Magnetic resonance imaging (MRI) was used to visualize the NAPL source zone architecture before and after surfactant-enhanced NAPL dissolution in three-dimensional (3D) heterogeneously packed flowcells characterized by different longitudinal correlation lengths: 2.1 cm (aquifer 1) and 1.1 cm (aquifer 2). Surfactant flowpaths were determined by imaging the breakthrough of a paramagnetic tracer (MnCl2) analyzed by the method of moments. In both experimental aquifers, preferential flow occurred in high permeability materials with low NAPL saturations, and NAPL was preferentially removed from the top of the aquifers with low saturation. Alternate flushing with water and two surfactant pulses (5–6 pore volumes each) resulted in ∼ 63% of NAPL mass removal from both aquifers. However, overall reduction in mass flux (Mass Flux 1) exiting the flowcell was lower in aquifer 2 (68%) than in aquifer 1 (81%), and local effluent concentrations were found to increase by as high as 120 times at local sampling ports from aquifer 2 after surfactant flushing. 3D MRI images of NAPL revealed that NAPL migrated downward and created additional NAPL source zones in previously uncontaminated areas at the bottom of the aquifers. The additional NAPL source zones were created in the direction transverse to flow in aquifer 2, which explains the higher mass flux relative to aquifer 1. Analysis using a total trapping number indicates that mobilization of NAPL trapped in the two coarsest sand fractions is possible when saturation is below 0.5 and 0.4, respectively. Results from this study highlight the potential impacts of porous media heterogeneity and NAPL source zone architecture on advanced in-situ flushing technologies.
Nonaqueous phase liquid (NAPL) dissolution was studied in three-dimensional (3D) heterogeneous experimental aquifers (25.5 cm × 9 cm × 8.5 cm) with two different longitudinal correlation lengths (2.1 cm and 1.1 cm) and initial spill volumes (22.5 ml and 10.5 ml). Spatial and temporal distributions of NAPL during dissolution were measured using magnetic resonance imaging (MRI). At high NAPL spill volume, average effluent concentrations initially increased during dissolution, as NAPL pools transitioned to NAPL ganglia, and then decreased as the total NAPL–water interfacial area decreased over time. Experimental results were used to test six dissolution models: (i and ii) a one-dimensional (1D) model using either specific NAPL–water interfacial area values estimated from MR images at each time step (i.e., 1D quasi-steady state model), or an empirical mass transfer (Sh′) correlation (i.e., 1D transient model), (iii and iv) a multiple analytical source superposition technique (MASST) using either the NAPL distribution determined from MR images at each time step (i.e., MASST steady state model), or the NAPL distribution determined from mass balance calculations (i.e., MASST transient model), (v) an equilibrium streamtube model, and (vi) a 3D grid-scale pool dissolution model (PDM) with a dispersive mass flux term. The 1D quasi-steady state model and 3D PDM captured effluent concentration values most closely, including some concentration fluctuations due to changes in the extent of flow reduction. The 1D transient, MASST steady state and transient, and streamtube models all showed a monotonic decrease in effluent concentration values over time, and the streamtube model was the most computationally efficient. Changes during dissolution of the effective NAPL–water interfacial area estimated from imaging data are similar to changes in effluent concentration values. The 1D steady state model incorporates estimates of the effective NAPL–water interfacial area directly at each time point; the 3D PDM does so indirectly through mass balance and a relative permeability function, which causes reduced water flow through high saturation NAPL regions. Hence, when model accuracy is required, the results indicate that a surrogate of this effective interfacial area is required. Approaches to include this surrogate in the MASST and streamtube models are recommended.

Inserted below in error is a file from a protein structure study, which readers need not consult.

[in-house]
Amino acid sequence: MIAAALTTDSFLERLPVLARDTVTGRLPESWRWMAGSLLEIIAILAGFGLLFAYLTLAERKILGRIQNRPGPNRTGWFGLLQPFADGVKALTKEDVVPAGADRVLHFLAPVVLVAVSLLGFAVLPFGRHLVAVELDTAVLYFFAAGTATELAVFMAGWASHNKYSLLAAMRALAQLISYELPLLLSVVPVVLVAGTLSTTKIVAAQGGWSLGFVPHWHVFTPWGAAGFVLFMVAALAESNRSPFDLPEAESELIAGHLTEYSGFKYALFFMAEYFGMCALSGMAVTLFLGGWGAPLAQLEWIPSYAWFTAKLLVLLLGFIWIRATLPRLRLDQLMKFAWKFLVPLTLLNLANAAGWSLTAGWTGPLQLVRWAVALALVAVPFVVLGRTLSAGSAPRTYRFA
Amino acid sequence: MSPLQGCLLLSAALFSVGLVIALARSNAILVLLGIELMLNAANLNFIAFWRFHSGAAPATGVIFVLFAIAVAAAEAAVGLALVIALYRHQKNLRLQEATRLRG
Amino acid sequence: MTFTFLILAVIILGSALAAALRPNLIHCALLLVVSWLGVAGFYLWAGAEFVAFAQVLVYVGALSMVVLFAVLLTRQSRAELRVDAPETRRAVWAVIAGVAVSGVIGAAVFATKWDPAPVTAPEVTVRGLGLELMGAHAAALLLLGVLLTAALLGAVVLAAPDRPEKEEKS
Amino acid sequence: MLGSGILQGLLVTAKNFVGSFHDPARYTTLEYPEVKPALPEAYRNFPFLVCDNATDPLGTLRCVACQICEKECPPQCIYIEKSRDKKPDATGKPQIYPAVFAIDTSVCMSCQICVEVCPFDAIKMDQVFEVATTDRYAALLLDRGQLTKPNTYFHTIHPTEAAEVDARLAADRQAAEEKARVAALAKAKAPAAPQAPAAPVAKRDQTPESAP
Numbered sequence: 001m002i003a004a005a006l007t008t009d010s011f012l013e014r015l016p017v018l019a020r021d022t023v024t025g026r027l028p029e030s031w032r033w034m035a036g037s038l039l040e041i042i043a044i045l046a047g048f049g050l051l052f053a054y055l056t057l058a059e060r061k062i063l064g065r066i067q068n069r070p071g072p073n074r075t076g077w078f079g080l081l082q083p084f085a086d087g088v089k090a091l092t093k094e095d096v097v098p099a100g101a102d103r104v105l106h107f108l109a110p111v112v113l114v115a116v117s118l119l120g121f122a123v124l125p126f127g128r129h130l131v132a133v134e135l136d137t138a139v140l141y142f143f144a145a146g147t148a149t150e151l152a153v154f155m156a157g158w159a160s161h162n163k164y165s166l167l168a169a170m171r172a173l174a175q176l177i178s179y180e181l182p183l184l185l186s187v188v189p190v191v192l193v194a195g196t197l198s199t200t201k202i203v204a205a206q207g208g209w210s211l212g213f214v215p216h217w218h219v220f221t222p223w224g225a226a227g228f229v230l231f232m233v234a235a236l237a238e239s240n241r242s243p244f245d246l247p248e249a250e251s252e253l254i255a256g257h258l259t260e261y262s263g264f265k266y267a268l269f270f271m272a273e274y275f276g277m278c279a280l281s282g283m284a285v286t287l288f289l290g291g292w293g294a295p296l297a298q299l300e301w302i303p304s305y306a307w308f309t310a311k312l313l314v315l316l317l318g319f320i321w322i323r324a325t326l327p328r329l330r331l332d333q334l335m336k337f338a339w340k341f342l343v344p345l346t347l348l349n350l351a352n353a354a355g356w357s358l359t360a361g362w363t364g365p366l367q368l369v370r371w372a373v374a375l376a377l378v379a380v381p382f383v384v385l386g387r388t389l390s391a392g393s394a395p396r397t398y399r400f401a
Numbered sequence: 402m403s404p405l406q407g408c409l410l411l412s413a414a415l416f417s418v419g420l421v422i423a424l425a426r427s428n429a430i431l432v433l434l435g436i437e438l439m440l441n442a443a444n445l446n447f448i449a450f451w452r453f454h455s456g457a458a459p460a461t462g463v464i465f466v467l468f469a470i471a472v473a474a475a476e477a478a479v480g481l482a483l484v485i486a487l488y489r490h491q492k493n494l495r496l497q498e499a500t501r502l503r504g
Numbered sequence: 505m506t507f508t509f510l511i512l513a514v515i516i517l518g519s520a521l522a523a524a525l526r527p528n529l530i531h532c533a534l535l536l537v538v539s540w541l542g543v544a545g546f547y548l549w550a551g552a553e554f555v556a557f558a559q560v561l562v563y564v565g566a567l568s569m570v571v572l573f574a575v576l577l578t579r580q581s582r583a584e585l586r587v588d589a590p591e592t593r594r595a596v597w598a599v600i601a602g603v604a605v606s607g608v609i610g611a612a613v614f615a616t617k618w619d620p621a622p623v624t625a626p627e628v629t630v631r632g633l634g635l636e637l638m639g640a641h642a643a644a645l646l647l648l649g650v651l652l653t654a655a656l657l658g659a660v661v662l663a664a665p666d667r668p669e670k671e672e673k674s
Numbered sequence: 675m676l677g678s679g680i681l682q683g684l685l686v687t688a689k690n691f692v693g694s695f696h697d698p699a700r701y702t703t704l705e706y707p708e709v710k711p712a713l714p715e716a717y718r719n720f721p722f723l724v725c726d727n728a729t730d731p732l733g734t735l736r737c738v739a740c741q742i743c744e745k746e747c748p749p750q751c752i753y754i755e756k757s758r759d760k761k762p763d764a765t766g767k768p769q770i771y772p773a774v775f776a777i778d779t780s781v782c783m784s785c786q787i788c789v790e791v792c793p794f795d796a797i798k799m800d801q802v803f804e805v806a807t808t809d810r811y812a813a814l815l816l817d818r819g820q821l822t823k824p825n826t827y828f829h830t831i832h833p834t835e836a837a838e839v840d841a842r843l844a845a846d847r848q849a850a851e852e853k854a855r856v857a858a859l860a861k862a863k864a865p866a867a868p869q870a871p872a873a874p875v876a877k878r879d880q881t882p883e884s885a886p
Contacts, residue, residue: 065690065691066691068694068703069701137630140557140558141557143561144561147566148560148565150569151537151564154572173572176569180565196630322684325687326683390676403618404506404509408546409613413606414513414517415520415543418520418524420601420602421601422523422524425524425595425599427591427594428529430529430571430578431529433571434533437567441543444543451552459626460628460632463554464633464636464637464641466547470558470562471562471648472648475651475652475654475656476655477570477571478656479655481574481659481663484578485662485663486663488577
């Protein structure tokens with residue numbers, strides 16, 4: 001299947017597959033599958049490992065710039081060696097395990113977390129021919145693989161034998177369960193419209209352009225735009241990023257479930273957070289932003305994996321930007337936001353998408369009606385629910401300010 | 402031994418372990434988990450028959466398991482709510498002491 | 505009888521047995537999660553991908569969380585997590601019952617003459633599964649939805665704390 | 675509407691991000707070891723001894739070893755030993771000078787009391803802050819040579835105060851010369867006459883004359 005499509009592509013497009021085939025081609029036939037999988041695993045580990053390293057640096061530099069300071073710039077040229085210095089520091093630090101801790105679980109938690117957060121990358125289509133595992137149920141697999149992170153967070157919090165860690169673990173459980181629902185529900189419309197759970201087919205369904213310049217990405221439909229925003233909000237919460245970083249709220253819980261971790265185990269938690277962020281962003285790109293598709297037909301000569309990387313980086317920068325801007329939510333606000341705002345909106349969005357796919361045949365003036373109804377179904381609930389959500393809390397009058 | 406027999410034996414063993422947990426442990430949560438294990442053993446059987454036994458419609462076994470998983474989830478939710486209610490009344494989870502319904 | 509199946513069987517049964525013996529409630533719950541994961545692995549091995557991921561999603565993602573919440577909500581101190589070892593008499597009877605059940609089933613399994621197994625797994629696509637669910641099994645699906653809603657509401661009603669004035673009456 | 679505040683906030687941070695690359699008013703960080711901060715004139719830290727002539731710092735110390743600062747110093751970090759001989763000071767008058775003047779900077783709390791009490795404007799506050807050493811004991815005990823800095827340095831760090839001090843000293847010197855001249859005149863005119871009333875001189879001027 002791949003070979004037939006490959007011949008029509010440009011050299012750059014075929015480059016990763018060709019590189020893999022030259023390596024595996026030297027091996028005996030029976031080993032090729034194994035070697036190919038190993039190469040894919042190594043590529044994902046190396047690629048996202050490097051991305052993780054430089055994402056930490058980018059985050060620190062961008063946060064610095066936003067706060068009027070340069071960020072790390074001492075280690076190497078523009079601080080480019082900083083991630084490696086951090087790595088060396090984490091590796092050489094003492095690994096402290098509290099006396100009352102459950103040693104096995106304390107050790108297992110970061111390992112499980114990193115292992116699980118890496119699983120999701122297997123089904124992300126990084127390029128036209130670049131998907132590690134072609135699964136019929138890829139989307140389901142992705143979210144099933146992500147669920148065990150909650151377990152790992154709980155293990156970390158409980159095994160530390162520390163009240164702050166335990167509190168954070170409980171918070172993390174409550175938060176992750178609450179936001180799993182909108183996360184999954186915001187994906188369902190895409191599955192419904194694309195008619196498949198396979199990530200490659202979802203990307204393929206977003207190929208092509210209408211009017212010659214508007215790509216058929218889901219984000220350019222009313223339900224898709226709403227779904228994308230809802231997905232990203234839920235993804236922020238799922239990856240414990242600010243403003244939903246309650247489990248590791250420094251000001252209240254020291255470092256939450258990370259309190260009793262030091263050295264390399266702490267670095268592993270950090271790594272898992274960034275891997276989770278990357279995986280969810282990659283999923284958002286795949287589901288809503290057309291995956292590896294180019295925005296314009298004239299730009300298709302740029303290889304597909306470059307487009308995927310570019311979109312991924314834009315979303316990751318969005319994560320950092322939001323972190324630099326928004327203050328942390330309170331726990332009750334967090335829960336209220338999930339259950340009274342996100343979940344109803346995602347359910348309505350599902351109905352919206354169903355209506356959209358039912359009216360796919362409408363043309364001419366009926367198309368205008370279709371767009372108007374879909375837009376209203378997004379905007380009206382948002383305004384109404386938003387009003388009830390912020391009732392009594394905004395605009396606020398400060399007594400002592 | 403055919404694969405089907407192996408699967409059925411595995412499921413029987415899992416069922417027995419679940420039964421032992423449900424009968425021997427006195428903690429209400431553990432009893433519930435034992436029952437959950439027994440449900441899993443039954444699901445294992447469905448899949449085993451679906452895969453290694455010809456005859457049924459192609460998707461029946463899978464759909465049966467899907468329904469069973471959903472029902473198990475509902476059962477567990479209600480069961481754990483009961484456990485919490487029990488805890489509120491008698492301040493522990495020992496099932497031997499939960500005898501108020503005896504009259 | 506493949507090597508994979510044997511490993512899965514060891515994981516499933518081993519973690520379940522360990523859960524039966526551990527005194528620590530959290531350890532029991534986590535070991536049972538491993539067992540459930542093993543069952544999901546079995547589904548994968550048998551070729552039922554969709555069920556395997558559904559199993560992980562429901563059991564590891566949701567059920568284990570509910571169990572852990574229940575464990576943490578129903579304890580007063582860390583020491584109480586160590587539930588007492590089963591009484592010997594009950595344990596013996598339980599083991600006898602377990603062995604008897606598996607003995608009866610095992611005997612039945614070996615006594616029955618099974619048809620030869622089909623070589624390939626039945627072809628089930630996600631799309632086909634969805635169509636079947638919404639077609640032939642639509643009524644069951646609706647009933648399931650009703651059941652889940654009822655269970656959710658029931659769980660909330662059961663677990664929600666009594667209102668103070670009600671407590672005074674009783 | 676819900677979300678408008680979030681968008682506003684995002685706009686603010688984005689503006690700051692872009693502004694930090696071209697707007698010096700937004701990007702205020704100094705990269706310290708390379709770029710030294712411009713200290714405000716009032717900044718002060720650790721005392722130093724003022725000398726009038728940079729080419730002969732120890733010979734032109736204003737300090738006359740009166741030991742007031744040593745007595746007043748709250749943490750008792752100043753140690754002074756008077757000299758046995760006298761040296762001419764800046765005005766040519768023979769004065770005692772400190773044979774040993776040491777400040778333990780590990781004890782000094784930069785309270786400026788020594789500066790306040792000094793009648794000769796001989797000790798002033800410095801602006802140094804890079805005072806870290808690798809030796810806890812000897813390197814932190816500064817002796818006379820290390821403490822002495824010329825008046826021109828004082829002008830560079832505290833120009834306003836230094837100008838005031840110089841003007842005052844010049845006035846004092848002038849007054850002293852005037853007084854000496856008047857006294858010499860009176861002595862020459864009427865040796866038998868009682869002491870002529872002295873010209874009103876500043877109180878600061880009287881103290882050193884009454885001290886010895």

An existing multiphase flow simulator was modified in order to determine the effects of four mechanisms on NAPL mass removal in a strongly layered heterogeneous vadose zone during soil vapor extraction (SVE): a) NAPL flow, b) diffusion and dispersion from low permeability zones, c) slow desorption from sediment grains, and d) rate-limited dissolution of trapped NAPL. The impacts of water and NAPL saturation distribution, NAPL-type (i.e., free, residual, or trapped) distribution, and spatial heterogeneity of the permeability field on these mechanisms were evaluated. Two different initial source zone architectures (one with and one without trapped NAPL) were considered and these architectures were used to evaluate seven different SVE scenarios. For all runs, slow diffusion from low permeability zones that gas flow bypassed was a dominant factor for diminished SVE effectiveness at later times. This effect was more significant at high water saturation due to the decrease of gas-phase relative permeability. Transverse dispersion contributed to fast NAPL mass removal from the low permeability layer in both source zone architectures, but longitudinal dispersion did not affect overall mass removal time. Both slow desorption from sediment grains and rate-limited mass transfer from trapped NAPL only marginally affected removal times. However, mass transfer from trapped NAPL did affect mass removal at later time, as well as the NAPL distribution. NAPL flow from low to high permeability zones contributed to faster mass removal from the low permeability layer, and this effect increased when water infiltration was eliminated. These simulations indicate that if trapped NAPL exists in heterogeneous porous media, mass transfer can be improved by delivering gas directly to zones with trapped NAPL and by lowering the water content, which increases the gas relative permeability and changes trapped NAPL to free NAPL.